If you thought Moses was the only person to bring forth water from rocks, think again. The people in Mwingi have learned how to harvest and save water in one of the most volatile climates in the arid and semi-arid zones of north eastern Kenya. Through the help of Church World Service East Africa’s “Water for Life” programme, and the Anglican Church of Kenya Diocese of Kitui, several different types of water delivery systems have been implemented.

Solving water problems through traditional and ancestral technology

Solving water problems through traditional and ancestral technology

Wilhelm Pierola Iturralde is the president of the Bolivian Association "Joining Hands for Life", an initiative of the Presbyterian Hunger Programme which works closely with the Presbyterian Church (U.S.A.) to address water problems in Bolivia. Iturralde was one of the participants at the Global Forum of the Ecumenical Water Network in Kenya, Nairobi. How is your organization involved in working for water and sanitation? What challenges do you face in the work? How are you dealing with these challenges? Why is being part of the network important to you and your organization? Website of the Ecumenical Water Network: http://water.oikoumene.org Read also: Sustainable water projects need ownership Water: a political issue needing political solution Steering for human rights to water

Seeking government partnership for water justice

Seeking government partnership for water justice

Rev. Canon Dr Ezekiel Olusegun Babatunde, a theologian from Immanuel College of Theology and director of the Institute of Church and Society of the Christian Council of Nigeria speaks about the attempts to provide clean and safe drinking water to communities seeking partnership with the government in Nigeria. Can you briefly outline the work you are doing in the area of water and sanitation in your country or elsewhere? Are there any challenges you are facing? How are you solving the challenges? How has EWN been beneficial to your work? Read also: Sustainable water projects need ownership Water: a political issue needing political solution Steering for human rights to water WCC Ecumenical Water Network

Sustainable water projects need ownership

Sustainable water projects need ownership

David Weaver, senior advisor for Global Advocacy at Church World Service in the United States shares about the Mwingi Water for All Project, and how it is attempting to contribute to water justice. He was participating in a Global Forum of the Ecumenical Water Network (EWN) of the World Council of Churches (WCC), which took place from 25-27 October in Nairobi, Kenya. Can you briefly outline the work you are doing in the area of water and sanitation in your country or elsewhere? What would you say are the key lessons from your work on water issues? How is your organization benefiting from being part of the EWN? Read also: Water: a political issue needing political solution Steering for human rights to water WCC Ecumenical Water Network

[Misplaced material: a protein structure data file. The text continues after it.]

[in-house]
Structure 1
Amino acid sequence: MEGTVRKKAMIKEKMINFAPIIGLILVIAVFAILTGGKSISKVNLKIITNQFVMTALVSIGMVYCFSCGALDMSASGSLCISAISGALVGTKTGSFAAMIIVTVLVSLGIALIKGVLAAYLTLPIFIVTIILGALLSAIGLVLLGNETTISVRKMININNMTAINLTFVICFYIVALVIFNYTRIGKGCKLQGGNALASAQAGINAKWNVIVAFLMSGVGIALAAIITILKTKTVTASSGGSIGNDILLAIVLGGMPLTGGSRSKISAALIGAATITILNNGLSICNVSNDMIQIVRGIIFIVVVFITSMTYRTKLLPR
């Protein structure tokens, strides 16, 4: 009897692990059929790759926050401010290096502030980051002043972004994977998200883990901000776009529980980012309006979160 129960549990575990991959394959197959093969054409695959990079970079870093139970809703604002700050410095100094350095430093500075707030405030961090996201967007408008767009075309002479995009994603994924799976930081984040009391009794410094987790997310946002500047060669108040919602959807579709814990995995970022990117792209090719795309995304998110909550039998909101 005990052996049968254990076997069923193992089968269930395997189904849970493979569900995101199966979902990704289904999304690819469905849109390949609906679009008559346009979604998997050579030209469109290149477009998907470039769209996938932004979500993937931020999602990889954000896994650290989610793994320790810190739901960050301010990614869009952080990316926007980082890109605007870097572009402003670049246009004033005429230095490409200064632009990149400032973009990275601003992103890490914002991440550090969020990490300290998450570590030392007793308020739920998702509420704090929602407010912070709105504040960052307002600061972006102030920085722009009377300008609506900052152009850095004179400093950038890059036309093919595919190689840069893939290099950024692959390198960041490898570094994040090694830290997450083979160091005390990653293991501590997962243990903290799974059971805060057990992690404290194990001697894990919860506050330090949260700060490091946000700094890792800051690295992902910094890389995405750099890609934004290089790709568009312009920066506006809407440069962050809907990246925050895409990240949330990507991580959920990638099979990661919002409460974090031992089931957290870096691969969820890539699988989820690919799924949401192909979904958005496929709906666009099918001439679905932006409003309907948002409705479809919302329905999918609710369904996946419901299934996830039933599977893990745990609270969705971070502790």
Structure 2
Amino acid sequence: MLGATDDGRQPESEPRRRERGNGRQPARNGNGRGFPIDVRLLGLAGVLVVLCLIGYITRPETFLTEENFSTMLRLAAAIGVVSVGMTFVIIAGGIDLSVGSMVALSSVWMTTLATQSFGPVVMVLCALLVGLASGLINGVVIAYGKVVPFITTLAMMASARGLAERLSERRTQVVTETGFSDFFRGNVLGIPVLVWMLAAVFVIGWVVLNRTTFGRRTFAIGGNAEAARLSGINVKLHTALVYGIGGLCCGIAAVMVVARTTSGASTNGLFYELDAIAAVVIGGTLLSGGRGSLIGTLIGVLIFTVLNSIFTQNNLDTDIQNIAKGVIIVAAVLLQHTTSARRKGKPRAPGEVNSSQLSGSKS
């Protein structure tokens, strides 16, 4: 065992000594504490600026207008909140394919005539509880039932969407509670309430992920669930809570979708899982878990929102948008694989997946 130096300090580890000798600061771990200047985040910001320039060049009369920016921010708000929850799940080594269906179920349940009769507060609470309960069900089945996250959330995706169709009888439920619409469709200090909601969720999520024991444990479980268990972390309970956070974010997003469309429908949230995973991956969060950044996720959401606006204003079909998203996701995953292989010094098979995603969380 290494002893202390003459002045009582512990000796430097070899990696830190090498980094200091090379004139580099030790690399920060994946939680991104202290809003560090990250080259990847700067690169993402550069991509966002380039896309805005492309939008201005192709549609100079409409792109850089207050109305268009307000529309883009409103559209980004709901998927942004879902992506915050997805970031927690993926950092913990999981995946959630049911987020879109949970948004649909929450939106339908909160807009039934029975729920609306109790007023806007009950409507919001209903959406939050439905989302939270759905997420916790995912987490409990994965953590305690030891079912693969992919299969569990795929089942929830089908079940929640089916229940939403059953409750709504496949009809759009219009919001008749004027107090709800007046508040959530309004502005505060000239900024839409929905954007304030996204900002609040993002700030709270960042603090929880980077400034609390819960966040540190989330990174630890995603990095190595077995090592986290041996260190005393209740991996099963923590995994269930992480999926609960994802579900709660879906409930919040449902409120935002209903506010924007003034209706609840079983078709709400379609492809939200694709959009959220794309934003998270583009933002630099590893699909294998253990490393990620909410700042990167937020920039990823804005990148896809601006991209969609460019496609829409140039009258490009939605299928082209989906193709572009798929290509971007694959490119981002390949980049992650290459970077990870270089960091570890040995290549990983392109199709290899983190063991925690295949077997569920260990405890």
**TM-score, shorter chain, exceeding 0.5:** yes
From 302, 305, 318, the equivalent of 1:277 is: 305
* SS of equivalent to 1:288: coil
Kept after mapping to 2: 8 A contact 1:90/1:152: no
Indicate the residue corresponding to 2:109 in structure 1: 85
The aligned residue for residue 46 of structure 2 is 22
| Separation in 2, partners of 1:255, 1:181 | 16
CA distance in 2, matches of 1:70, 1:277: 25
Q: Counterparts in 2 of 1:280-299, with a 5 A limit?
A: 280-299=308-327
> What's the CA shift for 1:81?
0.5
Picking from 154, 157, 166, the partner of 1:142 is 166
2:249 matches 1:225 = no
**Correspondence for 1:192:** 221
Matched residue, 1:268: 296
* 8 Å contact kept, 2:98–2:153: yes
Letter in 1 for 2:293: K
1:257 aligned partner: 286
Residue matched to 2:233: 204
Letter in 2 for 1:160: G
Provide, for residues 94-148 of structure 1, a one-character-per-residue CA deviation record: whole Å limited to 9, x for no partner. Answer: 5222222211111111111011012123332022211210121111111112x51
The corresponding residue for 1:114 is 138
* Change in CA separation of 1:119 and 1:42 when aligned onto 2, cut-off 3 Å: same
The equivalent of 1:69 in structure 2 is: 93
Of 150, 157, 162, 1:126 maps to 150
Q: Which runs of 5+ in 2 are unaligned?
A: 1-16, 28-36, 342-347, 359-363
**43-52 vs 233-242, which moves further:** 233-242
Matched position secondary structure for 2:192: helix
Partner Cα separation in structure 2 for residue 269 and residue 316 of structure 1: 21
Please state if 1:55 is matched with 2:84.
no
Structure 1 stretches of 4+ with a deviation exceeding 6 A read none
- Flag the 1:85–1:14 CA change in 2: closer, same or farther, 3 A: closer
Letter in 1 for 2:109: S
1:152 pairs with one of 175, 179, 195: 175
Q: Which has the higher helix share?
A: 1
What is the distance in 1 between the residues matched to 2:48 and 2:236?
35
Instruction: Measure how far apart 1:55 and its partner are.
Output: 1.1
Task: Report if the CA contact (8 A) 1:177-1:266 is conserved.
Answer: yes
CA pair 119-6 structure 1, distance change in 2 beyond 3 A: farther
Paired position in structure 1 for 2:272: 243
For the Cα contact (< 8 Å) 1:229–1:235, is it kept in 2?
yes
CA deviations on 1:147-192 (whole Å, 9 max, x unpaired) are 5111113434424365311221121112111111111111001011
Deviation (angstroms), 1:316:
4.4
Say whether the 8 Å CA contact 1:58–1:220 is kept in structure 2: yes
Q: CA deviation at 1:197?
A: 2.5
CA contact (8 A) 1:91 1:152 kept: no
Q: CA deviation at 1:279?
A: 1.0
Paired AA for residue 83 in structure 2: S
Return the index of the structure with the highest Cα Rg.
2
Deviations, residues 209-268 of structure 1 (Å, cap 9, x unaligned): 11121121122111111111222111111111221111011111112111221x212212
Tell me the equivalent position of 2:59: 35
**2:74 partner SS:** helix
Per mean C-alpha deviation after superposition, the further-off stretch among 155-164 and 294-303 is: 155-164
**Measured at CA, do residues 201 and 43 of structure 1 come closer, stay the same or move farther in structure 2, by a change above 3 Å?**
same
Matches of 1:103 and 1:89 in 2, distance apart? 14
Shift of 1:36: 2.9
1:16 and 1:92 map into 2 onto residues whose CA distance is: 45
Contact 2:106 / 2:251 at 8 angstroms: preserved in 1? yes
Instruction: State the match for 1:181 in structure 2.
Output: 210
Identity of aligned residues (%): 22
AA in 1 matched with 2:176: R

Steering for human rights to water

Steering for human rights to water

Susan Lea Smith is a water justice activist and an environmental and natural resources law professor at the Willamette University in the United States. She shares her concern over the water crisis and the unjust distribution of water in the world, as well as efforts made to address this issue from a rights based perspective in her country. Can you briefly outline the work you are doing in the area of water and sanitation in your country or elsewhere? What challenges are you are facing in the work for water? How are you overcoming the challenges? How has the EWN helped you in your work? Read also: Water: a political issue needing political solution WCC Ecumenical Water Network WCC member churches in the United States

Water: a political issue needing political solution

Water: a political issue needing political solution

Dr Rommel F. Linatoc reflected on the issues of water and sanitation from an ecumenical perspective in the Philippines, speaking in an interview at the Global Forum of the Ecumenical Water Network. The theme of the forum, which took place from 25-27 October in Nairobi, Kenya, was "Like a tree planted by the water". How is your organization involved in the working for water and sanitation? What challenges are you are facing in the work for water? How are you dealing with those challenges? How has the network helped you in your work? Read also: WCC Ecumenical Water Network WCC member churches in Asia

Water crisis in Tuvalu

Water crisis in Tuvalu

On 28 September, Further information:

Time for Creation 2011: A call to pray, reflect and act

Time for Creation 2011: A call to pray, reflect and act

At a time when the impact of climate change is on the front page of nearly every newspaper, magazine and web page, churches around the world are calling for a renewed commitment towards the environment and ecosystems.

Time for Creation 2011: Trees and forests shall rejoice

Time for Creation 2011: Trees and forests shall rejoice

The World Council of Churches (WCC) has joined in a call to observe Thursday 1 September through Tuesday 4 October 2011 as a time for prayer, reflection and re-dedication regarding care for and just use of God’s gifts in nature. Time for Creation resources Time for Creation on Facebook More information on the WCC and eco-justice: